The final jobs report before the general election shows a gain of just 661,000 jobs for September and the unemployment fell from 8.4 percent to 7.9 percent, according to data released Friday by the Bureau of Labor Statistics.
Over the summer the unemployment rate fell from its lockdown spike of 14.7 percent to 8.4 percent by August, but the pace of gains has drastically slowed, pointing toward a protracted period of fragile recovery that could be further imperiled if infection rates worsen.
It’s a “steady flood of job loss,” said Bill Spriggs, an economist for the AFL-CIO labor union. “The next six months… look pretty bad because what happened in August with people using so much credit is they’re going to be reticent to spend money by Christmas. We won’t have enough jobs back by November.”
The data for the monthly jobs report comes from a survey of workers conducted the week of the 12th of the prior month. Fresher data shows scant signs of economic recovery. Initial jobless claims this week were about 837,000, a number the country has hovered around since lockdowns lifted.
“We are still experiencing eye-watering levels of conventional claims,” Daniel Alpert, senior fellow in financial macroeconomics at Cornell Law School, told NBC News in an email. “Smaller employers are having difficulty holding on and we are now seeing the effect of the big company layoffs.”
Data in this jobs report is not fully updated for California, which paused claims for two weeks in order to process a backlog of 600,000 claims and over 1 million claims.
This jobs report is an important benchmark for President Donald Trump, who has pegged his success to the gyrations of the stock market and the overall jobs number, and will give him a figure to tout or dismiss in the final weeks before Nov. 3.
Trump repeatedly claimed before and after his 2016 election that he will be “the greatest jobs president God ever created.” However, an overall 3.9 million net jobs have been lost during the Trump administration. Despite coasting on the back of the longest labor expansion in U.S. history, Trump has failed to execute any specific job creation policies, except for tax cuts principally benefiting corporations and the wealthy.
During Tuesday’s debates Democratic candidate Joe Biden incorrectly said that Trump will be the only president leaving office with fewer jobs overall than when he entered. As far as recorded government data shows, Trump would actually be the first since Herbert Hoover lost the presidency as Great Depression job losses then gripped the nation.
Only 246,000 net manufacturing jobs have been added during Trump’s administration. But during the debate he falsely claimed over 700,000 had been added.
By February of 2020, only 483,000 manufacturing jobs were added. By August, 237,000 were lost.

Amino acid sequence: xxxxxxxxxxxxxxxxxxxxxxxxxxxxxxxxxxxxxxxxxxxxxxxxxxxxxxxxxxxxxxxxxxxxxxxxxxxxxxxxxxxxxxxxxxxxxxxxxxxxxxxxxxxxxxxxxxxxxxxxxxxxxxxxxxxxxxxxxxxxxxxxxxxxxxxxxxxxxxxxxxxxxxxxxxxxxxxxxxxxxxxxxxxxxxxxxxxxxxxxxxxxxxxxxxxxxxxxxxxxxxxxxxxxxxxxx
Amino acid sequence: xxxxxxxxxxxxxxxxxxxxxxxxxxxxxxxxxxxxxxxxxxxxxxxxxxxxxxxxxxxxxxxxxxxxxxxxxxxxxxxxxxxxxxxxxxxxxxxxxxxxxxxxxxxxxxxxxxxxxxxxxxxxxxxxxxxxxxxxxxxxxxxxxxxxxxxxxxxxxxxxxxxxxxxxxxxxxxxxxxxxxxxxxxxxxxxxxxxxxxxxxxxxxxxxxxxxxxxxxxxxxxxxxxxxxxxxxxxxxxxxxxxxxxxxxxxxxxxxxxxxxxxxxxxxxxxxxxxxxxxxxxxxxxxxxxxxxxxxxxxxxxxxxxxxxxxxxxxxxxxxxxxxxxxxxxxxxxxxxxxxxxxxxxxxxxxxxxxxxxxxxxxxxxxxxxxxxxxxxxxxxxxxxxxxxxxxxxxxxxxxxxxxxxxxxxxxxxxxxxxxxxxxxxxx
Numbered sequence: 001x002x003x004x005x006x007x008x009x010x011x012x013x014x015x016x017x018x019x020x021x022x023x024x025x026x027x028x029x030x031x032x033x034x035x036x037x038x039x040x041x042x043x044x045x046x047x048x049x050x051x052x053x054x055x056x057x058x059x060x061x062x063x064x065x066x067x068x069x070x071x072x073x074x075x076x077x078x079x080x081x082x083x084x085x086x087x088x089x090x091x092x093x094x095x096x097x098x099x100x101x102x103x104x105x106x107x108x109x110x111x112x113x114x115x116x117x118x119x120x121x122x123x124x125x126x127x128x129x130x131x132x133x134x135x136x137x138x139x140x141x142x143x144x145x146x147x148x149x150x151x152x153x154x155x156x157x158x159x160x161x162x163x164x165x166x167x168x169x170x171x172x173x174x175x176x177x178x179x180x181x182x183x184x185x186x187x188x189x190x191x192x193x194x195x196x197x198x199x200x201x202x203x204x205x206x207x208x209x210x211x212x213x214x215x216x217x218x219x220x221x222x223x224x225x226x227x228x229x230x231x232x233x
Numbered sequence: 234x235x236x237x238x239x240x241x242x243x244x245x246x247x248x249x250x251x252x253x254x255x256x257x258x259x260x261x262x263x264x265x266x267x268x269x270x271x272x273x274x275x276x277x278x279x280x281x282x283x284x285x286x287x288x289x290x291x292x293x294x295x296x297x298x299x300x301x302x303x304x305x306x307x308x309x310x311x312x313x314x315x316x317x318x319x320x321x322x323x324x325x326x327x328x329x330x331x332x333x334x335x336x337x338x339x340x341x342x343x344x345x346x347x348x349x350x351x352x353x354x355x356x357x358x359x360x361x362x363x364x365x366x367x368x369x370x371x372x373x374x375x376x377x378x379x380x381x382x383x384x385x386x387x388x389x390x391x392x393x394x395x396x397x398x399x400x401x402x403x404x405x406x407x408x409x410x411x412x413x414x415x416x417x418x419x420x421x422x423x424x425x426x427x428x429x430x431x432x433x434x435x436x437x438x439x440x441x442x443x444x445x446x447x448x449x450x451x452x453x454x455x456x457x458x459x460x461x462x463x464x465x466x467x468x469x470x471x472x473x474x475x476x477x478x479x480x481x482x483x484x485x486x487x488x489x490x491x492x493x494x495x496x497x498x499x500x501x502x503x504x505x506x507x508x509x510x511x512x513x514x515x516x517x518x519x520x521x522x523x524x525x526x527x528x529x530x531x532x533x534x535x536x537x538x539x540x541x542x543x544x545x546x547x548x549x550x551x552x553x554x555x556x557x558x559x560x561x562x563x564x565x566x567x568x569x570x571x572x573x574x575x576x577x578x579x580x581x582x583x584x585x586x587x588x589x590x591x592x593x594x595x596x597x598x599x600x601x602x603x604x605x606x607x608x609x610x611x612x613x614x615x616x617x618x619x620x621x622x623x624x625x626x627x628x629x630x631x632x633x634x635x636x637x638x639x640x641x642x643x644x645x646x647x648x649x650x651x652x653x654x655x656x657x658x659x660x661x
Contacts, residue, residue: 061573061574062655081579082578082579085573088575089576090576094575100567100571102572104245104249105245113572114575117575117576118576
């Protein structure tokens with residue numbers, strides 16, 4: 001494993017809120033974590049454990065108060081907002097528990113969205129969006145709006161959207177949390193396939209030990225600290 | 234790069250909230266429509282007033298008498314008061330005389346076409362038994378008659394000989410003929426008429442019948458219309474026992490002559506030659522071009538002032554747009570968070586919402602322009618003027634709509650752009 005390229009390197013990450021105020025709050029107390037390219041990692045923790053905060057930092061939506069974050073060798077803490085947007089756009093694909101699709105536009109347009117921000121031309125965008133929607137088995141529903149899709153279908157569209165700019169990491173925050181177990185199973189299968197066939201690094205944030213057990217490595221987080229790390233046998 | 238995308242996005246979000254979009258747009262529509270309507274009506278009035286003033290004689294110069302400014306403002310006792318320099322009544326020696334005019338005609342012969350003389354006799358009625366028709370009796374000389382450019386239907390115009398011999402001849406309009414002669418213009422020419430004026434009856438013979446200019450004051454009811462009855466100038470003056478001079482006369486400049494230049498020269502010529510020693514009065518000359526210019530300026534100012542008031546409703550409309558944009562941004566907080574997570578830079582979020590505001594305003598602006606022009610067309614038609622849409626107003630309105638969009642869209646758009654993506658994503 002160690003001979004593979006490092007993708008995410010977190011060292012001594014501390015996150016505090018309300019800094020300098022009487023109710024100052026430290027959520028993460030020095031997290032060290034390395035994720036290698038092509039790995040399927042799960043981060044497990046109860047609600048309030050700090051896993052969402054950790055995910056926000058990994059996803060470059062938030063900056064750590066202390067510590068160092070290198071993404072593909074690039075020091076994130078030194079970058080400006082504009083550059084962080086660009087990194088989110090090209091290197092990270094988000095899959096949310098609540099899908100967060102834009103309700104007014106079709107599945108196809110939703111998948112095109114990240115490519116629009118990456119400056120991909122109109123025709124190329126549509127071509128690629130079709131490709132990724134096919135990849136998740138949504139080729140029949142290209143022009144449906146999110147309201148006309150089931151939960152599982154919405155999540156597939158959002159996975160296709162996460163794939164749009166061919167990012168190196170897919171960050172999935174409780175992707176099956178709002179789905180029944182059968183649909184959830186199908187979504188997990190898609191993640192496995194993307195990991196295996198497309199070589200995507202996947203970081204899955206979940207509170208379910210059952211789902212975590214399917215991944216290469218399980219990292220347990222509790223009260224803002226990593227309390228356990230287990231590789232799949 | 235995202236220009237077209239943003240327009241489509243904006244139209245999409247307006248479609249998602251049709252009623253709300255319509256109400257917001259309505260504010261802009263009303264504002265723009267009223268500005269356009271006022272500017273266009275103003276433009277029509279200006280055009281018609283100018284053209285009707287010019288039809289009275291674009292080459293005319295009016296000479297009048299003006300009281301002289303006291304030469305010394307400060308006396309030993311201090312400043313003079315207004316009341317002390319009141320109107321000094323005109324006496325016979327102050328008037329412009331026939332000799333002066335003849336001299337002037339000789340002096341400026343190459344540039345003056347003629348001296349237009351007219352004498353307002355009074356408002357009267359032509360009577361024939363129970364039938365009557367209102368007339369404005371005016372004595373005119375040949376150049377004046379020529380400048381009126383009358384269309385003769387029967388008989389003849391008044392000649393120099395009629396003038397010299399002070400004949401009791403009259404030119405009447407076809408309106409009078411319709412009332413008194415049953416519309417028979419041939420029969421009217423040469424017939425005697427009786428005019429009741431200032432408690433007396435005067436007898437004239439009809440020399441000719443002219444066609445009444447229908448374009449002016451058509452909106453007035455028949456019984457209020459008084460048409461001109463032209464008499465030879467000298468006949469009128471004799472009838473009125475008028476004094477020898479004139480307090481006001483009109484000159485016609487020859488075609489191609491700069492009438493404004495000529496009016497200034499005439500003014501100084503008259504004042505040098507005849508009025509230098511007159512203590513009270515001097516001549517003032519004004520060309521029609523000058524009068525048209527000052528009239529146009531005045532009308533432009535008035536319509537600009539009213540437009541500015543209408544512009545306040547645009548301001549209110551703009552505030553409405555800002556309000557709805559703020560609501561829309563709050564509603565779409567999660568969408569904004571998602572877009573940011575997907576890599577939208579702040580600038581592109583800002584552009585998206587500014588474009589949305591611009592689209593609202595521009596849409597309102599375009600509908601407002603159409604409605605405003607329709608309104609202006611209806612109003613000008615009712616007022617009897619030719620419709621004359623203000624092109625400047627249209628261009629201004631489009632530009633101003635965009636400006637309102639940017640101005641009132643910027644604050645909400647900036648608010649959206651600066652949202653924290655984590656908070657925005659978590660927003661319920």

With the pandemic nearing its seventh month, the jobless toll continues to mount. The axe has fallen particularly heavily this week: Tens of thousands of airline employees were furloughed on Wednesday after months of negotiations failed to produce a deal that would extend funding. Disney announced on Tuesday it would be laying off 28,000 workers. Oil giant Royal Dutch Shell confirmed this week it will lose 9,000 employees, and refiner Marathon Petroleum said Thursday it would be cutting 12 percent of its workforce. Allstate will also cut 3,800 jobs.
Hiring for the holiday shopping season will bring down some unemployment. Big-box retailers such as Walmart, Target and Best Buy have already started hiring thousands of associates, with the bulk of those positions in warehousing and fulfillment.
As infections spike in some areas and experts warn of a winter surge in cases, perils persist — most especially in industries directly exposed to coronavirus dangers. Up to 50 percent of New York City restaurants could permanently close in the next six months, according to a new report by the state comptroller, slashing jobs for waiters and restaurant staff and sales for their suppliers.
The majority of economists agree that the shape of the nation's economic recovery will be a “reverse radical symbol” where activity starts at a high level, plunges, and then returns to a lower level with a long period of extremely slow recovery.
Trump said during the debates that the recovery would be “V-shaped,” indicating a sharp decrease followed by a swift return to the way things were.
That’s only true for the fortunes of tech giants, which have soared in the rush to online shopping, internet-based activity, and cloud computing services.
Amid the doom and dread, there are some glimmers.
“Businesses have more certainty now that the new normal will be here for a long time,” said Julia Pollak, a labor economist at jobs site ZipRecruiter. “That is leading many disrupted industries to restructure, close locations, and finally convert furloughs to permanent layoffs. But it is also leading industries that have benefited from the crisis to expand their capital investments and hiring plans. Companies that were hedging before are now making the leap, reinventing themselves, pivoting to providing services online, outdoors, or in homes, and spreading the word.”
She predicts gains will be relatively small for the next several months, between 500,000 to 1.5 million, compared to the 11 million they have to make up for.
“Behind the topline figures, we'll continue to see tremendous churn for the next few months,” Pollak said.
CORRECTION: (October 7, 2:53 p.m. ET): A previous version of the story misstated the total net job loss under the Trump administration. It is 3.9 million, not 4.7 million.